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CSE 333

Fall 2002


Hardik Davé

Keith Bessette

Jaladhi Mehta

Initiative

with

1
Overview


Microsoft has generated great deal of interest in its newly developed “.NET”
products. The .NET initiative is Microsoft’s way of providing developers with the abi
lity
to capture the power of the Internet. .NET is a general purpose Platform that allows users
to design, develop, deploy and use web based applications in a uniform and efficient
manner. According to Microsoft, .NET will “transcend device boundaries an
d fully
harness the connectivity of the Internet”. The obvious competitor to .NET is Sun
Microsystems’s J2EE development platform. There are some obvious similarities
between the two platforms as well as incredible differences in some areas. Our objecti
ve
here is to research and analyze a few functionality and modules of .NET and J2EE. The
areas we will specifically discuss include programming language capabilities and
interactions, middleware connectivity and interoperability, data access abilities and

security issues. We will demonstrate the Pros and Cons of Java and DOTNET in each
area with sample application/s.


2 Introduction to Microsoft .NET

Microsoft .NET is a set of Microsoft software technologies that connect people,
systems, devices, and d
ata all across the Internet. .NET integrates software across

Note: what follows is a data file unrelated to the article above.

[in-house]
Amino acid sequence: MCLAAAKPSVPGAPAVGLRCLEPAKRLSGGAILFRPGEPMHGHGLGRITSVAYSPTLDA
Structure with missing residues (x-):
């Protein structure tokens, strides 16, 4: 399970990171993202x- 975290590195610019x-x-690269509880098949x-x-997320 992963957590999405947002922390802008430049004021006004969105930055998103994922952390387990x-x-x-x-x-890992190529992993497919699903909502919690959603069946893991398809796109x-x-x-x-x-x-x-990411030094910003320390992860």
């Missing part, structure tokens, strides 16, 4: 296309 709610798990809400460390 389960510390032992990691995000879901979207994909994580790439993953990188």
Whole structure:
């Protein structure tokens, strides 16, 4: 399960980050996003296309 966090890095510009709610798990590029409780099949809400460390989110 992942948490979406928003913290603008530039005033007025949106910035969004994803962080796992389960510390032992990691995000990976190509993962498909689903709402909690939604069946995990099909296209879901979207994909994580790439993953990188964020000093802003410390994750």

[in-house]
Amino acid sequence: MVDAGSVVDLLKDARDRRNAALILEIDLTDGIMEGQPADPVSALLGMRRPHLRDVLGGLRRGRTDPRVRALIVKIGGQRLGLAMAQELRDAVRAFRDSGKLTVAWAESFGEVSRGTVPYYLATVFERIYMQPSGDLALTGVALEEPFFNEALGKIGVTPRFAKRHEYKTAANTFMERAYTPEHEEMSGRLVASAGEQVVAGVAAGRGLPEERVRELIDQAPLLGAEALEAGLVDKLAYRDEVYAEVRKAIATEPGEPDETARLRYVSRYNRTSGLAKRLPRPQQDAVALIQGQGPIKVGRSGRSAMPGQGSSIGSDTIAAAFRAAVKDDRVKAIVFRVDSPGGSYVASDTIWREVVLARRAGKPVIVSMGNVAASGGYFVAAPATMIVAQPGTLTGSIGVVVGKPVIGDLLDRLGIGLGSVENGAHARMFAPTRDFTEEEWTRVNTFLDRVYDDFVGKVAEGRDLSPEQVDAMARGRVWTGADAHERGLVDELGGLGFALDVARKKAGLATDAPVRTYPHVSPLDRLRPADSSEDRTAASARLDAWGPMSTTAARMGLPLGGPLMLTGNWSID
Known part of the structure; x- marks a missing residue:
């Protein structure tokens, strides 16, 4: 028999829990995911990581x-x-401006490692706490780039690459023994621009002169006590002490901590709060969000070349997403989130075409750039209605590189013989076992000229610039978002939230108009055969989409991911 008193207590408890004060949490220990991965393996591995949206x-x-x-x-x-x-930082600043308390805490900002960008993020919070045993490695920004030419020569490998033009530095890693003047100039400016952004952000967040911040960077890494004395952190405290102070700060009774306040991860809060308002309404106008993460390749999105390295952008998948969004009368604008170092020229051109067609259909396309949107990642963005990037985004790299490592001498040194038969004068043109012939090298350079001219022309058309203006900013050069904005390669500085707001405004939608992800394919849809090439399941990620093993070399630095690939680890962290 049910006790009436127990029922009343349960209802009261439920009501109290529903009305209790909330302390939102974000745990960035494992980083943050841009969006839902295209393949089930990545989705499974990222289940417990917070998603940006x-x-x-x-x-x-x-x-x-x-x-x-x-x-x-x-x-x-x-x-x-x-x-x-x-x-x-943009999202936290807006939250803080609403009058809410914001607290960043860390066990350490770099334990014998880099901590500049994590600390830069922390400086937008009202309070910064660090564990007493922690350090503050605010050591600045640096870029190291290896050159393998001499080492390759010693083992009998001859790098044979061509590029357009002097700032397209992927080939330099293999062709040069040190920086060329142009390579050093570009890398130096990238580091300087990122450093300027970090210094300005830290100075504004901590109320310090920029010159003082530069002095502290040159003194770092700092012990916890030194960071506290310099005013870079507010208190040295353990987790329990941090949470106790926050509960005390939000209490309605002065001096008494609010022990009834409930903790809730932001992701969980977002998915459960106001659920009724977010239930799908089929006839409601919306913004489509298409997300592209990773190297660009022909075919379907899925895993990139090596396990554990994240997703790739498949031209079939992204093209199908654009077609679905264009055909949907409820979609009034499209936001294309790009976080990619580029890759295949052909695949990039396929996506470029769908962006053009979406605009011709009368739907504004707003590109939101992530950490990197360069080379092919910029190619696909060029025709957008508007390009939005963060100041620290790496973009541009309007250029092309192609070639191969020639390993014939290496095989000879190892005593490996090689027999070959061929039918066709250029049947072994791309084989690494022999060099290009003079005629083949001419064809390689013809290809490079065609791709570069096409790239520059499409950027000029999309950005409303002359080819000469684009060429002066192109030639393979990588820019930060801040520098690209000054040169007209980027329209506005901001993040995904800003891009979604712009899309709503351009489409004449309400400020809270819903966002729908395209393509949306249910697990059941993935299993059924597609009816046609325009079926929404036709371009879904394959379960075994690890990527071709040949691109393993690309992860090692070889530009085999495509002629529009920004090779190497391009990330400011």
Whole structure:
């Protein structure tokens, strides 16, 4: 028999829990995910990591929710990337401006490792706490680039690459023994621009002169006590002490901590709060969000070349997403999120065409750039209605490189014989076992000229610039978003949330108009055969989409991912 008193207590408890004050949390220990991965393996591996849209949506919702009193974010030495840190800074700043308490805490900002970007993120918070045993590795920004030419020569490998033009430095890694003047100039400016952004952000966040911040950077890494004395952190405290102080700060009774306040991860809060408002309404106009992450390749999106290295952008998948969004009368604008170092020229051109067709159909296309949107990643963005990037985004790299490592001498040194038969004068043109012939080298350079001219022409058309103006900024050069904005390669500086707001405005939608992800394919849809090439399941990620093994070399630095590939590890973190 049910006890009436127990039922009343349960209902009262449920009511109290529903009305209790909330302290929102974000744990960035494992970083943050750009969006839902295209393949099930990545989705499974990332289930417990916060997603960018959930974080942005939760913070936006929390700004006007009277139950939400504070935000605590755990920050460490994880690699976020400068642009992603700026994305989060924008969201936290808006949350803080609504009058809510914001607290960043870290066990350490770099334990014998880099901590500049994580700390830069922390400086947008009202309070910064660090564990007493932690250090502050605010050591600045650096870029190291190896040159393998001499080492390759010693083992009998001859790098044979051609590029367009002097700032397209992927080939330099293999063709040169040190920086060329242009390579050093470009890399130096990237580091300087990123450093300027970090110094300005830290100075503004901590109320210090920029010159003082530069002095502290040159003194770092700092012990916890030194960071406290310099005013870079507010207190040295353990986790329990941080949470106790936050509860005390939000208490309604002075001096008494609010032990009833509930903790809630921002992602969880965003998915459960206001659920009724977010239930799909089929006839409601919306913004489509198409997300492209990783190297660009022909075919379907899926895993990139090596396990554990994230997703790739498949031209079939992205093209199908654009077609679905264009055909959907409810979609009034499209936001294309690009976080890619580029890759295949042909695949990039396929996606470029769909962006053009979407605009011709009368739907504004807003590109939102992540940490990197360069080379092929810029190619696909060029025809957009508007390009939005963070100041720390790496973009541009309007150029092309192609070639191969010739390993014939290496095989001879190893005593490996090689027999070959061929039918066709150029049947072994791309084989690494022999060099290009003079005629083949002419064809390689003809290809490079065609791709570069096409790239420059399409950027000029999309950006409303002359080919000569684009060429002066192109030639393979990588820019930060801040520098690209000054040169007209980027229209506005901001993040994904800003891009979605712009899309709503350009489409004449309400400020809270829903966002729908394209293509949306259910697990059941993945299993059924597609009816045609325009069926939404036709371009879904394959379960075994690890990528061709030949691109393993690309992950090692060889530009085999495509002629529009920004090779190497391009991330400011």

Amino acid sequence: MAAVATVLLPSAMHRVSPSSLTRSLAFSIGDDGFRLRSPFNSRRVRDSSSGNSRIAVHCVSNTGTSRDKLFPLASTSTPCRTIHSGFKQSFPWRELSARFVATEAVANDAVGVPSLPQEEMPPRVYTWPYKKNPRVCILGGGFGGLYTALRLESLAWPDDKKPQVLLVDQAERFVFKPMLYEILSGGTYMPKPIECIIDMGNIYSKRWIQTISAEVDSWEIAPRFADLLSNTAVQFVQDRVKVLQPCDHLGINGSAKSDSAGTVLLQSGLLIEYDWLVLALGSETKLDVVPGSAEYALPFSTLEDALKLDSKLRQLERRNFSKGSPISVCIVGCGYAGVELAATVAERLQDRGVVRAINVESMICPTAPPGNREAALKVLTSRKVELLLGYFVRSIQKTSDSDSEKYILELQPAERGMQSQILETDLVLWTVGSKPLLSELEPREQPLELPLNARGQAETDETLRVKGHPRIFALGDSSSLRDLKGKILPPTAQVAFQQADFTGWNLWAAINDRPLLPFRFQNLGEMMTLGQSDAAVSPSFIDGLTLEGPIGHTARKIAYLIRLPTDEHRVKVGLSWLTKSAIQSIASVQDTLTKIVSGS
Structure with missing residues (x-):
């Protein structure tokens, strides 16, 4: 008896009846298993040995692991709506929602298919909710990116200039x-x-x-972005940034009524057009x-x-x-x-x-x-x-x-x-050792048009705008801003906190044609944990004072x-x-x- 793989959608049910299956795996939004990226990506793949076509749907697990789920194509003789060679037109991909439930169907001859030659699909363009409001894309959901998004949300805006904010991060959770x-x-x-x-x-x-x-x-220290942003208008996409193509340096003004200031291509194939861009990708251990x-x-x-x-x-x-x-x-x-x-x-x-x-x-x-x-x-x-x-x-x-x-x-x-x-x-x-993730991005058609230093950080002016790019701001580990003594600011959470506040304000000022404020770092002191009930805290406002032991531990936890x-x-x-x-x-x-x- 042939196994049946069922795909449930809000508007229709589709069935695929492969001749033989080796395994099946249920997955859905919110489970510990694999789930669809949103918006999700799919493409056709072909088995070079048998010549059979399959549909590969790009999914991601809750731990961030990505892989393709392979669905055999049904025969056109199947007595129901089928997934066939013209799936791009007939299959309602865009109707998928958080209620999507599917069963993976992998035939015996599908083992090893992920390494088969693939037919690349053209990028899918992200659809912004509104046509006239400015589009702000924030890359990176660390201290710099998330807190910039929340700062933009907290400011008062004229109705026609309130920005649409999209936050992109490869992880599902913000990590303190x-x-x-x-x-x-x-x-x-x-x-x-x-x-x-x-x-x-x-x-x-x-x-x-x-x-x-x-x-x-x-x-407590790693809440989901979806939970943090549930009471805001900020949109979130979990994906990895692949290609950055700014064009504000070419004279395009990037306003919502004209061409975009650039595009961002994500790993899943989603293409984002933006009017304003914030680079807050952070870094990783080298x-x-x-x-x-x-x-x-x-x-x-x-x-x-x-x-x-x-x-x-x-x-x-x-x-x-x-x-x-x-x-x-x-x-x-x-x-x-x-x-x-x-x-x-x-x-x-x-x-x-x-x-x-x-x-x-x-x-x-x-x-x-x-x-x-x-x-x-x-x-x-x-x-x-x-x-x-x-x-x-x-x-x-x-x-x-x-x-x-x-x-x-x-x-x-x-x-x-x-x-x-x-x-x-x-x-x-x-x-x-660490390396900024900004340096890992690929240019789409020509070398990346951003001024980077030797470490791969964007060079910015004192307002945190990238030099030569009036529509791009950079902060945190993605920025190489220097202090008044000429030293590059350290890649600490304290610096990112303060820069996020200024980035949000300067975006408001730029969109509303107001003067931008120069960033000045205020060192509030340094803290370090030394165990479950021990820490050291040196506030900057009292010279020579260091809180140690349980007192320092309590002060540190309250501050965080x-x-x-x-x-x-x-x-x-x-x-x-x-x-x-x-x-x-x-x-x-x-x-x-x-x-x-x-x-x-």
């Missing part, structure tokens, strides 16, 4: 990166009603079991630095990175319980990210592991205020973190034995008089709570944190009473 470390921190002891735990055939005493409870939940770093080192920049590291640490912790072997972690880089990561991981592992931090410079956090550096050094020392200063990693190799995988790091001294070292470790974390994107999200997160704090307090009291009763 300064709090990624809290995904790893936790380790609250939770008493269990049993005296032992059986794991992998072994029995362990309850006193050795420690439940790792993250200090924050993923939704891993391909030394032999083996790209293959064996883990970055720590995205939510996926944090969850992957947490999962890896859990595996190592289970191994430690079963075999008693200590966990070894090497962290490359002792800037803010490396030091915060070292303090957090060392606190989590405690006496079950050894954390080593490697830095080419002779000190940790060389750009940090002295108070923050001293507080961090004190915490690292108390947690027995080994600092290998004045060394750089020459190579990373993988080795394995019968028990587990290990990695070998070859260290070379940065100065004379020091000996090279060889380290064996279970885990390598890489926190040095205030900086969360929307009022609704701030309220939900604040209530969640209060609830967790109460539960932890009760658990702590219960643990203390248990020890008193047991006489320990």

networks and the Internet by using XML Web services. XML Web services provide the
ability to build, host, deploy, and use secure and connected solutions. Along with XML
Web services, developer

tools, client applications, and servers are all provided by the
Microsoft platform, and .NET is built into all of these. .NET includes language
agnosticism, a managed execution environment, JIT compilation, and rich library
support. The mission of .NET
quoted from Microsoft is to: “transcend device boundaries
and fully harness the connectivity of the Internet”.

The .NET Framework is the programming model for developing, deploying, and
running XML Web services and applications that all underlies .NET.
XML Web services
are units of code that allow developers to write programs in different languages and use
different platforms to communicate through standard Internet protocols like XML,